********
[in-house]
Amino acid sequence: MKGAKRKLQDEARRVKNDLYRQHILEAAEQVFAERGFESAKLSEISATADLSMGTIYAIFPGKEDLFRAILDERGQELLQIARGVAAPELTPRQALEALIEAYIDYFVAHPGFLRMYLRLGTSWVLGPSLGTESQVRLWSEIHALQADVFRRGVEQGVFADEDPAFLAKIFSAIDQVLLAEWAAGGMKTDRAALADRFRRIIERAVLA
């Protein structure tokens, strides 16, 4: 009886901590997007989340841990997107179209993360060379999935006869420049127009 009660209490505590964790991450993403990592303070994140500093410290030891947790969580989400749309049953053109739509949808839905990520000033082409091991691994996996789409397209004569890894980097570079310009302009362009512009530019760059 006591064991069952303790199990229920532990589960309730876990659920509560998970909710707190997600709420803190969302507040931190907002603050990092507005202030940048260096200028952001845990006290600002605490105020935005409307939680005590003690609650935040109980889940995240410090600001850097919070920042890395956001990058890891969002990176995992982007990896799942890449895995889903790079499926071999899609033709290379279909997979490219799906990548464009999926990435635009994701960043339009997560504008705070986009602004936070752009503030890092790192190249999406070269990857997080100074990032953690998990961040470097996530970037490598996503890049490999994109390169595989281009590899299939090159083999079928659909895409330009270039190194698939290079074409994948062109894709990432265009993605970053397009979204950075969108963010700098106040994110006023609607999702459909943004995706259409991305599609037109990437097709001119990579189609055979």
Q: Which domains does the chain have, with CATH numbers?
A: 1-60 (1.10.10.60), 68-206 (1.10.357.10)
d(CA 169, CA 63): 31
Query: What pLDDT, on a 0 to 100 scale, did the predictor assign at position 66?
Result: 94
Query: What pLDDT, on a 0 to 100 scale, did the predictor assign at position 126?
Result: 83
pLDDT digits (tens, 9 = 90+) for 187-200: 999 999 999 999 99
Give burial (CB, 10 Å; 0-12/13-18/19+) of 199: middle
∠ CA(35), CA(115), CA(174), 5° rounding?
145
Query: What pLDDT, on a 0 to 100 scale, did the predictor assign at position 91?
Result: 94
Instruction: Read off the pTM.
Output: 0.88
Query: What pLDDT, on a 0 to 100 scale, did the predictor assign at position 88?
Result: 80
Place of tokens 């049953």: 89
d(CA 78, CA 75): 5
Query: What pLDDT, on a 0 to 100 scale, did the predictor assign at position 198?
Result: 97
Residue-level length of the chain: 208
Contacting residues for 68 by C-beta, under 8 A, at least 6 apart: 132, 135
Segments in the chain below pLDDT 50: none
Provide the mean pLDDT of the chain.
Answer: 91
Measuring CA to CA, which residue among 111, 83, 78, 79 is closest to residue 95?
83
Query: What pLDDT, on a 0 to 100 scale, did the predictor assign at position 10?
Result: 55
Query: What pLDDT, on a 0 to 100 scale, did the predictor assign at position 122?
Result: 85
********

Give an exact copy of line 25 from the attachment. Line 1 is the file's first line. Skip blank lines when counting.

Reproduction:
Residue-level length of the chain: 208